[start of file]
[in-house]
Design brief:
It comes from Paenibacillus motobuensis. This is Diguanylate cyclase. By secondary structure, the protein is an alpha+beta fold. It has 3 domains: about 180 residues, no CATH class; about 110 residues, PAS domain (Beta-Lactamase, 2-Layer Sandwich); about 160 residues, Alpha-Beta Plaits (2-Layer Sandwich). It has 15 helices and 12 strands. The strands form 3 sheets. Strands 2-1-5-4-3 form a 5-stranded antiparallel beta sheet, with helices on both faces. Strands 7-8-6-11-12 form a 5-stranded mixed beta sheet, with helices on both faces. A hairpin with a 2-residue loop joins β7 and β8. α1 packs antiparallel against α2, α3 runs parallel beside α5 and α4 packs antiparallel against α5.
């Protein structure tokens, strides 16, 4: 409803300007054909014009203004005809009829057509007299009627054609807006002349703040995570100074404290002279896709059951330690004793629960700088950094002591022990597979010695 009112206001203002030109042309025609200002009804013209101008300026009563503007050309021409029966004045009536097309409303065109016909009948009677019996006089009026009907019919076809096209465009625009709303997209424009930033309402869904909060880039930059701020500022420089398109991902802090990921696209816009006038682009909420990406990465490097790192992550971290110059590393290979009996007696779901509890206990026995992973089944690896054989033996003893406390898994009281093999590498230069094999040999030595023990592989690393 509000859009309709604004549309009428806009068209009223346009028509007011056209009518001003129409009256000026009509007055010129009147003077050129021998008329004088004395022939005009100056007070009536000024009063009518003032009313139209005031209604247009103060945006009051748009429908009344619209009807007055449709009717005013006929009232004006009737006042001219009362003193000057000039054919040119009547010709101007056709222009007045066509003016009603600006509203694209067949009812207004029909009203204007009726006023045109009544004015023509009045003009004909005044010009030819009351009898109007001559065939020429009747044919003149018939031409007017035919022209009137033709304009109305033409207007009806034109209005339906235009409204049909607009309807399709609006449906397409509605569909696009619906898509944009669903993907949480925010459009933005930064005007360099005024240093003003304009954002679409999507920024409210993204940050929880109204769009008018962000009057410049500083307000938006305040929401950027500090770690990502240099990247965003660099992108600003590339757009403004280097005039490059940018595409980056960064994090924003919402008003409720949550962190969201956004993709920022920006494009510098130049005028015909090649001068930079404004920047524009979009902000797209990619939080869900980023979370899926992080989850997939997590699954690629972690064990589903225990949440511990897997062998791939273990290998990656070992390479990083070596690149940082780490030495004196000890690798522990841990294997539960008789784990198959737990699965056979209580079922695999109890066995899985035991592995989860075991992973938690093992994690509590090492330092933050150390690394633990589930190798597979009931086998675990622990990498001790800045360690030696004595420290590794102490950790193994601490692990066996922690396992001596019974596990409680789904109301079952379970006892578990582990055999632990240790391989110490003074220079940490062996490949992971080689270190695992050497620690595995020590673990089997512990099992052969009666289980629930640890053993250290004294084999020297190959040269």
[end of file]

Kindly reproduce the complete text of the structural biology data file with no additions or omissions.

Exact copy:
[in-house]
Design brief:
It comes from Paenibacillus motobuensis. This is Diguanylate cyclase. By secondary structure, the protein is an alpha+beta fold. It has 3 domains: about 180 residues, no CATH class; about 110 residues, PAS domain (Beta-Lactamase, 2-Layer Sandwich); about 160 residues, Alpha-Beta Plaits (2-Layer Sandwich). It has 15 helices and 12 strands. The strands form 3 sheets. Strands 2-1-5-4-3 form a 5-stranded antiparallel beta sheet, with helices on both faces. Strands 7-8-6-11-12 form a 5-stranded mixed beta sheet, with helices on both faces. A hairpin with a 2-residue loop joins β7 and β8. α1 packs antiparallel against α2, α3 runs parallel beside α5 and α4 packs antiparallel against α5.
């Protein structure tokens, strides 16, 4: 409803300007054909014009203004005809009829057509007299009627054609807006002349703040995570100074404290002279896709059951330690004793629960700088950094002591022990597979010695 009112206001203002030109042309025609200002009804013209101008300026009563503007050309021409029966004045009536097309409303065109016909009948009677019996006089009026009907019919076809096209465009625009709303997209424009930033309402869904909060880039930059701020500022420089398109991902802090990921696209816009006038682009909420990406990465490097790192992550971290110059590393290979009996007696779901509890206990026995992973089944690896054989033996003893406390898994009281093999590498230069094999040999030595023990592989690393 509000859009309709604004549309009428806009068209009223346009028509007011056209009518001003129409009256000026009509007055010129009147003077050129021998008329004088004395022939005009100056007070009536000024009063009518003032009313139209005031209604247009103060945006009051748009429908009344619209009807007055449709009717005013006929009232004006009737006042001219009362003193000057000039054919040119009547010709101007056709222009007045066509003016009603600006509203694209067949009812207004029909009203204007009726006023045109009544004015023509009045003009004909005044010009030819009351009898109007001559065939020429009747044919003149018939031409007017035919022209009137033709304009109305033409207007009806034109209005339906235009409204049909607009309807399709609006449906397409509605569909696009619906898509944009669903993907949480925010459009933005930064005007360099005024240093003003304009954002679409999507920024409210993204940050929880109204769009008018962000009057410049500083307000938006305040929401950027500090770690990502240099990247965003660099992108600003590339757009403004280097005039490059940018595409980056960064994090924003919402008003409720949550962190969201956004993709920022920006494009510098130049005028015909090649001068930079404004920047524009979009902000797209990619939080869900980023979370899926992080989850997939997590699954690629972690064990589903225990949440511990897997062998791939273990290998990656070992390479990083070596690149940082780490030495004196000890690798522990841990294997539960008789784990198959737990699965056979209580079922695999109890066995899985035991592995989860075991992973938690093992994690509590090492330092933050150390690394633990589930190798597979009931086998675990622990990498001790800045360690030696004595420290590794102490950790193994601490692990066996922690396992001596019974596990409680789904109301079952379970006892578990582990055999632990240790391989110490003074220079940490062996490949992971080689270190695992050497620690595995020590673990089997512990099992052969009666289980629930640890053993250290004294084999020297190959040269």